NARATHIWAT – The South of Thailand may not be as menacing or as ominous as places like Kabul and Iraq, but that does not mean that danger and violence is not an everyday reality for the people who live there.
Rebel groups will rarely target the civilian population, but collateral damage is all too real a threat for the people of Thailand’s three southern border provinces. This is especially true for civil servants – locals that carry out the government’s work in an area that is desperately fighting for autonomy.
For simply doing your job as a government worker, you can end up being dragged out of your car and shot in the neck.
But this is what happens. During the course of filming there were at least three violent clashes between the military and separatist rebels.
The threat is so strong that the government has organized a semi militia of sorts, arming groups of civilians with pistols and shotguns. Shotguns I might add, can’t be the best weapon for self-defense. I was taught to shoot both types of gun during filming, and the sheer force of firing the shotgun has put me off guns for life.
All this danger is stark contrast to the deceptive beauty of the region. There are pristine beaches, beautiful temples, ancient mosques but none of the usual tourist rabble. If it weren’t for the car bombs and drive-by shootings, southern Thailand would be a tourist’s paradise.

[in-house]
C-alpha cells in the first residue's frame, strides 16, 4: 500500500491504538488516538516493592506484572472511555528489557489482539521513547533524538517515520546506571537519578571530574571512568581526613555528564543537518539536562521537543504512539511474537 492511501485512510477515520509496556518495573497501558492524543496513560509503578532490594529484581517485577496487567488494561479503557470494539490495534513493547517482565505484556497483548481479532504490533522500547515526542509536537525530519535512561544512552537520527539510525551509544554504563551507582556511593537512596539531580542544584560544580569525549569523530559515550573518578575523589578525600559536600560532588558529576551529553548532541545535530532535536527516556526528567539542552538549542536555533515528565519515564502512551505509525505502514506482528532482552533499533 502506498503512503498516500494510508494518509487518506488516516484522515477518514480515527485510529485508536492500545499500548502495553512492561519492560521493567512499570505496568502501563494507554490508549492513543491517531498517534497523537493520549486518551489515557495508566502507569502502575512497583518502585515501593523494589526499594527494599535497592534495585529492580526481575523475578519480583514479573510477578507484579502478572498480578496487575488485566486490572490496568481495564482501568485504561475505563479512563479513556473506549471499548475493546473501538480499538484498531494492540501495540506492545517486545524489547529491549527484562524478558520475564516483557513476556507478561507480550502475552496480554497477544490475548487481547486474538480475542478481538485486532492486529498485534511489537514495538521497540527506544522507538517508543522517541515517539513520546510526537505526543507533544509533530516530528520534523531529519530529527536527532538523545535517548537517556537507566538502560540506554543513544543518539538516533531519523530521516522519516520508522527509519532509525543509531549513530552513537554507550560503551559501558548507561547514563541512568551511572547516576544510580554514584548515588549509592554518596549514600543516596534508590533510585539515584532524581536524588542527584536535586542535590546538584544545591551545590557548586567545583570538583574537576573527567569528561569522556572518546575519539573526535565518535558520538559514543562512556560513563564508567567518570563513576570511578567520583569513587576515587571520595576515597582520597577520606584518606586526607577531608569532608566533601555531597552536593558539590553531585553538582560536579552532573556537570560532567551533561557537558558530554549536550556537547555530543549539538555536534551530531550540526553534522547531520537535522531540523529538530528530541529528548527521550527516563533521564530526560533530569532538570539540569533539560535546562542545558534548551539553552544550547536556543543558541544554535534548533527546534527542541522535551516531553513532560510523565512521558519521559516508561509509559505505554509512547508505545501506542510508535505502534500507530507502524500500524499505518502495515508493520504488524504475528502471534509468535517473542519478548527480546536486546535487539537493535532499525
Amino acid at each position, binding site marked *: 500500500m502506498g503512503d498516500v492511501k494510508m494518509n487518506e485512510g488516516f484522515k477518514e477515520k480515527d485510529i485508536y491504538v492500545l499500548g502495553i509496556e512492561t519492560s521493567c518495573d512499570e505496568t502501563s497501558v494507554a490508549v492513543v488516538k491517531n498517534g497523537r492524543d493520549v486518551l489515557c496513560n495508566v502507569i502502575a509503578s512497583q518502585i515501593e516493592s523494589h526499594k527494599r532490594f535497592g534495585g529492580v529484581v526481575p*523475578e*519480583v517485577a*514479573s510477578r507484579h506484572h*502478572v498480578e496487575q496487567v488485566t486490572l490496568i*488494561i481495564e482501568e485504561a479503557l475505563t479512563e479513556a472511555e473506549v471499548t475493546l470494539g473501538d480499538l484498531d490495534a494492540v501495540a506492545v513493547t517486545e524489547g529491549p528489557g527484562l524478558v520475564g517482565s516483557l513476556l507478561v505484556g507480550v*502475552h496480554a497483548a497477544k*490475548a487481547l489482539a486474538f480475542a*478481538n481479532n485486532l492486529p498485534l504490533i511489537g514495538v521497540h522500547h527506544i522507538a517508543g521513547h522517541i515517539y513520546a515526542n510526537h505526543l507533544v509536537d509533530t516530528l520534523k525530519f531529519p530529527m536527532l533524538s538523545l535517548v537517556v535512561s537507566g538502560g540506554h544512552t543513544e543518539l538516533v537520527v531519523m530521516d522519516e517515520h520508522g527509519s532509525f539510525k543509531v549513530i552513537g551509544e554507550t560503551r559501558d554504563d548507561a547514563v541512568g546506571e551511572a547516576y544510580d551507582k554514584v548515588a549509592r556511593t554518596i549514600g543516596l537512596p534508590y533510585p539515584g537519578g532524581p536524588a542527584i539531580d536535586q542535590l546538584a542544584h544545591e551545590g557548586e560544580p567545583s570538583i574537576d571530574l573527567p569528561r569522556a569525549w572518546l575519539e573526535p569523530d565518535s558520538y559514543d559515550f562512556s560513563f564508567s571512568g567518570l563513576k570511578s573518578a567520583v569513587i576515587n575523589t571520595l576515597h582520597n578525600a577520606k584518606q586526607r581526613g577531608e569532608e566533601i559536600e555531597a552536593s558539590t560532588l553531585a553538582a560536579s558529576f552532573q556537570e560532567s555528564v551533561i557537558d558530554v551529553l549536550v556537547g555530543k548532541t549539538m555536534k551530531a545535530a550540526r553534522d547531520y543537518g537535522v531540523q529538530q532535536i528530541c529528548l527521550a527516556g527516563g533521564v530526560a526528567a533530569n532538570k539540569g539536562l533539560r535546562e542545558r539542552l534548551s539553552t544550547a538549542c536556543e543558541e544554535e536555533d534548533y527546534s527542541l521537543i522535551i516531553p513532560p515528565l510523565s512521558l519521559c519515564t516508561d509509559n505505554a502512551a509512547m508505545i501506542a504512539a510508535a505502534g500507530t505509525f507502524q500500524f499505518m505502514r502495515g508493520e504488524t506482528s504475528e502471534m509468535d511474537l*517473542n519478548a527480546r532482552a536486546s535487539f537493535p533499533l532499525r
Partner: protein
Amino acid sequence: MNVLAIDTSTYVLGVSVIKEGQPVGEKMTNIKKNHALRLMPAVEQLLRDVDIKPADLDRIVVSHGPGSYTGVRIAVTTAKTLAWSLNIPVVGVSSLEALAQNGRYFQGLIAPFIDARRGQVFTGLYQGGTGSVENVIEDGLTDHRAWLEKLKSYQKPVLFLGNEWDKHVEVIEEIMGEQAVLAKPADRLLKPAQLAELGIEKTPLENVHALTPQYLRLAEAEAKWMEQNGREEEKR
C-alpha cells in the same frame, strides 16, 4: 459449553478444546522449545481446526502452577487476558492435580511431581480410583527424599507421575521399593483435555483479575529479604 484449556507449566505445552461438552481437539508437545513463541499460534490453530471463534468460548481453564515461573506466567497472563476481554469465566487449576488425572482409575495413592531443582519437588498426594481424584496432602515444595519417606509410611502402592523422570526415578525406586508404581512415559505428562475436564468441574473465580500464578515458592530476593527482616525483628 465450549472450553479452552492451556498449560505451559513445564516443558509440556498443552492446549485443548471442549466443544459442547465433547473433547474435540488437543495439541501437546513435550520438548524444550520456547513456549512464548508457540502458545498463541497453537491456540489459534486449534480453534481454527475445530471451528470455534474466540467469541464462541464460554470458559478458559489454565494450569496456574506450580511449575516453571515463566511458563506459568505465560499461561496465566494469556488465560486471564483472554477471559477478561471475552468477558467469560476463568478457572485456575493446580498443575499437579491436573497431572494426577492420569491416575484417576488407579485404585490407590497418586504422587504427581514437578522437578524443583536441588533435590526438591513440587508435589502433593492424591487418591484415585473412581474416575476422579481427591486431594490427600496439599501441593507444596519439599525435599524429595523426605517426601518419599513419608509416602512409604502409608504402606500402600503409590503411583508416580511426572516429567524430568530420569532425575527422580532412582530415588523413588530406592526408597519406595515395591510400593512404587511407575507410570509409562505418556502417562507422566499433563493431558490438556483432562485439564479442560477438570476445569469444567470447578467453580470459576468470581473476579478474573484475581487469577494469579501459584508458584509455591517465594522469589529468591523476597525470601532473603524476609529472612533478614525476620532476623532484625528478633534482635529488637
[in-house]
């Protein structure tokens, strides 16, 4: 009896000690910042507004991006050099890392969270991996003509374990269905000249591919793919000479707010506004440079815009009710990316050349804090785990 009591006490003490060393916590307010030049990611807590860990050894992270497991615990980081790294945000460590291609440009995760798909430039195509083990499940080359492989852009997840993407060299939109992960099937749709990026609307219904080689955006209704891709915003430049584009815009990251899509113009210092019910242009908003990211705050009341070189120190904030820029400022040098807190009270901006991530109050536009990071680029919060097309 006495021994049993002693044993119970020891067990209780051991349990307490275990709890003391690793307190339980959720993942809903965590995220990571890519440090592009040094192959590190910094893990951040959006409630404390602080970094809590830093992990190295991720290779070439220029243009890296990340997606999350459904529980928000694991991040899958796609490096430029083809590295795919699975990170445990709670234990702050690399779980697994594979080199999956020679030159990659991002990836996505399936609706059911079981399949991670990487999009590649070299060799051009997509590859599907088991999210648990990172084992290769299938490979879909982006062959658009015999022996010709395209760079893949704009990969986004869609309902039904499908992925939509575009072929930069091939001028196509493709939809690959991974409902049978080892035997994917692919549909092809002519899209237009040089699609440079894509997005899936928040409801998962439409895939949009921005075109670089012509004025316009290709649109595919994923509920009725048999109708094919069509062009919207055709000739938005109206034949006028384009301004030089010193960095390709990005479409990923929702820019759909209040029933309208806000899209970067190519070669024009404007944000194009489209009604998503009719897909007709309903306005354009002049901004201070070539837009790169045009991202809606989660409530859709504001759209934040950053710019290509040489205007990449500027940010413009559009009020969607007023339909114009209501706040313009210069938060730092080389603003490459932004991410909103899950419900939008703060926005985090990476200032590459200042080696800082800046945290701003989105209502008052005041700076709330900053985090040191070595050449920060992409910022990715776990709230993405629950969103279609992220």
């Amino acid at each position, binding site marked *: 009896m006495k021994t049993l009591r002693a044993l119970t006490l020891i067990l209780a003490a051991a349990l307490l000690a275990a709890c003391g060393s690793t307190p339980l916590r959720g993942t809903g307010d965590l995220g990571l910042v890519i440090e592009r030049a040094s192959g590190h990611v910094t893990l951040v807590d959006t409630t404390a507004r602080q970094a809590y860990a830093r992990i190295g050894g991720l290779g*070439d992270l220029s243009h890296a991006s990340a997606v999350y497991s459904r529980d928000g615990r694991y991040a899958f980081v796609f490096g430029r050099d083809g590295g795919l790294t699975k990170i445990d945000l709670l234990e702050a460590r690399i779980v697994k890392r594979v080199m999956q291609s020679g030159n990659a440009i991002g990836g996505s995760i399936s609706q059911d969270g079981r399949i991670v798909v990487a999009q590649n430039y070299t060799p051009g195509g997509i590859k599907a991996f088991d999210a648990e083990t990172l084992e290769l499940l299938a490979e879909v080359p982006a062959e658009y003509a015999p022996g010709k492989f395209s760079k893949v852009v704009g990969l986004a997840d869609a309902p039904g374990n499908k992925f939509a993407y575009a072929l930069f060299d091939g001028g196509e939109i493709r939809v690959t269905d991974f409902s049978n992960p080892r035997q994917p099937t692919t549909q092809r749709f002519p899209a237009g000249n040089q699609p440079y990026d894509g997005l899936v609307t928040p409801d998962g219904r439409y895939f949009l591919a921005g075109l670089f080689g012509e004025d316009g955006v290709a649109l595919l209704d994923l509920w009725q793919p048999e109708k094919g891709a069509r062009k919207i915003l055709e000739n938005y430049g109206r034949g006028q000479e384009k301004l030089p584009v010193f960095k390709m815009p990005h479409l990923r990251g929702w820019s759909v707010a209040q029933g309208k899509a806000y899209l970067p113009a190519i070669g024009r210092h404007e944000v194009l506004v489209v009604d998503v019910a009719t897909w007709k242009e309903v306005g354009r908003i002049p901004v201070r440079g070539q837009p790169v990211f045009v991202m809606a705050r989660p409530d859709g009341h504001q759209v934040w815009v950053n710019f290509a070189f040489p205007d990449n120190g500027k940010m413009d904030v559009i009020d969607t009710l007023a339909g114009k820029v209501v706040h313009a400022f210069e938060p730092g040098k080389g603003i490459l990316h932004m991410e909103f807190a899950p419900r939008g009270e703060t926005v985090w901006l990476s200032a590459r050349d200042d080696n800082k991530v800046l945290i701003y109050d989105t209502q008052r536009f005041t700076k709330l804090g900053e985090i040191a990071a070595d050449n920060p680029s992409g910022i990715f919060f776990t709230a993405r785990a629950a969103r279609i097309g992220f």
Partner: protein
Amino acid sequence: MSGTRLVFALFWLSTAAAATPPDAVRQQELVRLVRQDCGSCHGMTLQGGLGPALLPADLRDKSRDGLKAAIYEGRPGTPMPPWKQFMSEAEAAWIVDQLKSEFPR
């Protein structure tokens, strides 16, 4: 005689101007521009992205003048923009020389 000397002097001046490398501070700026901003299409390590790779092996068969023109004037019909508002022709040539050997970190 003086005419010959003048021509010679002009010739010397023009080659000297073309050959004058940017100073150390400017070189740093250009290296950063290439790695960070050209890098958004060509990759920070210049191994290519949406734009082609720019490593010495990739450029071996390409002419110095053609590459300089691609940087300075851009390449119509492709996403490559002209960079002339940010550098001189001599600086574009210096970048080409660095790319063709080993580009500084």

But there are no tourists. Neither Thais nor foreigners visit southern Thailand because of its fearsome reputation.
There are many misunderstandings about southern Thailand. Phrases like ‘Muslim insurgency’ and ‘Islamic terrorists’ get flung around all too easily. It’s far simpler to label the situation as a religious conflict because that’s what people are familiar with. But that is what is hindering the path to peace.
To understand the conflict in the Deep South we need to recognize that it is an ethnic conflict over sovereignty of land between the Thai state and the locals. The locals just happen to be Muslim.
Regardless, religion remains the focus point of the authorities’ efforts to end the violence. Just last week, Thai government schools have been discussing a ban on women wearing hijabs in school – a policy that will further go to alienate Thai-Muslims without addressing the real issues plaguing the south.
Despite living in the Muslim majority south, where they should have developed a better understanding of the situation, local Thai-Buddhists are not exempt from stereotyping the enemy.
During the episode, I meet an armed volunteer group that patrols local villages. The group is made up exclusively of Thai-Buddhists, and when I asked them why, they explained that they could not trust Muslims.
I found this a real shame. Buddhists and Muslims are not enemies. This decades-long conflict is an issue of sovereignty. The Kingdom of Pattani that covered the provinces of Yala, Pattani and Narathiwat will likely never be re-established, but some level of autonomy could be reached if there is an end to the demonetization of Muslims and a better understanding of the true grievances of the people that live there.
Perhaps then everyone can enjoy this beach-filled paradise, and we can stop referring to it as a danger zone.
Arglit Boonyai is a foreign correspondent and the host of Danger Zone. Watch his journey to Southern Thailand on Channel NewsAsia, Apr 28, at 8pm SG/HK.